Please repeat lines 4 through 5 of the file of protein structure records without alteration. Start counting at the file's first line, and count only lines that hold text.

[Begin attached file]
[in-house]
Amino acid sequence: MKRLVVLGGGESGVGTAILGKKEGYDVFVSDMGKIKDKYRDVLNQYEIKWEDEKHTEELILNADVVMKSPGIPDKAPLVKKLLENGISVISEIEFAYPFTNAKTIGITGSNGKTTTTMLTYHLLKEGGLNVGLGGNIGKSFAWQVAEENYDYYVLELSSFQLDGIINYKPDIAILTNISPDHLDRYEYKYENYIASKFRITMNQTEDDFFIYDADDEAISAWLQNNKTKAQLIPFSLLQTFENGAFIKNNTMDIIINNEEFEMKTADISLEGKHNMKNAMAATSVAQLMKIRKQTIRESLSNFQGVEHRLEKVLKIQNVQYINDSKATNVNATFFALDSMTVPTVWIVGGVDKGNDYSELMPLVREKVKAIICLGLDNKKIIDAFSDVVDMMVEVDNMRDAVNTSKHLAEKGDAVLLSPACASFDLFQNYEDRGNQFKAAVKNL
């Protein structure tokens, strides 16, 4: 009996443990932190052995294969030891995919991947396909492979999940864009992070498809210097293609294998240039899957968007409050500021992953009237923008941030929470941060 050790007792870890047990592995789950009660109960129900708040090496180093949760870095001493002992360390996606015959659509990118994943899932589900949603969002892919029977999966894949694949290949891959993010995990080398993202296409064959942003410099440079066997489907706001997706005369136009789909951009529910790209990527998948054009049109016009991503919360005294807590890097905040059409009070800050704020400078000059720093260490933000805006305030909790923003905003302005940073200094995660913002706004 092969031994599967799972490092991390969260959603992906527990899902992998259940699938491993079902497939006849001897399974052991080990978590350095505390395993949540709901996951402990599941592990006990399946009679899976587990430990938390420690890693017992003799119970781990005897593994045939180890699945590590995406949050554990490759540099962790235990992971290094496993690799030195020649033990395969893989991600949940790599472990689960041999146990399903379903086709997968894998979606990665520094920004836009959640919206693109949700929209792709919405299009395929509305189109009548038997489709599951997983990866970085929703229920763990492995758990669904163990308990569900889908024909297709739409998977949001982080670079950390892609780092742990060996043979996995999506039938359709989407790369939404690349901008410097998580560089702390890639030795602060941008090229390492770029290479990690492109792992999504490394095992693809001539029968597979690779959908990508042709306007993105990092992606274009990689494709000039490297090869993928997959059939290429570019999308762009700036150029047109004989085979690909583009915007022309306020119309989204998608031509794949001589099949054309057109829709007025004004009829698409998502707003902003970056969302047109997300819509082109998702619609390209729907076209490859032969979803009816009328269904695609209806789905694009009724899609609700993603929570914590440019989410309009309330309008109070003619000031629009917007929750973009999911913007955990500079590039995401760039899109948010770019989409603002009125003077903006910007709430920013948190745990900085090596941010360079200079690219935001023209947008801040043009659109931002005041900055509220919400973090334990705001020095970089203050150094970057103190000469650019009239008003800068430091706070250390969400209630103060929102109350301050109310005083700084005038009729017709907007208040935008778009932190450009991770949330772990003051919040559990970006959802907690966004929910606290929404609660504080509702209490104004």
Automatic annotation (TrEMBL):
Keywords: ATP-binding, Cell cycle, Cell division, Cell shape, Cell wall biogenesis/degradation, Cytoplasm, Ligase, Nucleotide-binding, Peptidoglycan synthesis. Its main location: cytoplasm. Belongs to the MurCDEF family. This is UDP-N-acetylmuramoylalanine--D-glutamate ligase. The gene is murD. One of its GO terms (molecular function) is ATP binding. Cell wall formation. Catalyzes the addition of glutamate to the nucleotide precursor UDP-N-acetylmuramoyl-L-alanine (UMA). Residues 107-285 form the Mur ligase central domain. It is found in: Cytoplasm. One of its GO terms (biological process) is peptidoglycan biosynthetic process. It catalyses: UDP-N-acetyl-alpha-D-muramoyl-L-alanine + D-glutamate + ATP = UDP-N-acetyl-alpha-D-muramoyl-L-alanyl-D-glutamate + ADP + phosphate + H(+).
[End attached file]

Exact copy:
Automatic annotation (TrEMBL):
Keywords: ATP-binding, Cell cycle, Cell division, Cell shape, Cell wall biogenesis/degradation, Cytoplasm, Ligase, Nucleotide-binding, Peptidoglycan synthesis. Its main location: cytoplasm. Belongs to the MurCDEF family. This is UDP-N-acetylmuramoylalanine--D-glutamate ligase. The gene is murD. One of its GO terms (molecular function) is ATP binding. Cell wall formation. Catalyzes the addition of glutamate to the nucleotide precursor UDP-N-acetylmuramoyl-L-alanine (UMA). Residues 107-285 form the Mur ligase central domain. It is found in: Cytoplasm. One of its GO terms (biological process) is peptidoglycan biosynthetic process. It catalyses: UDP-N-acetyl-alpha-D-muramoyl-L-alanine + D-glutamate + ATP = UDP-N-acetyl-alpha-D-muramoyl-L-alanyl-D-glutamate + ADP + phosphate + H(+).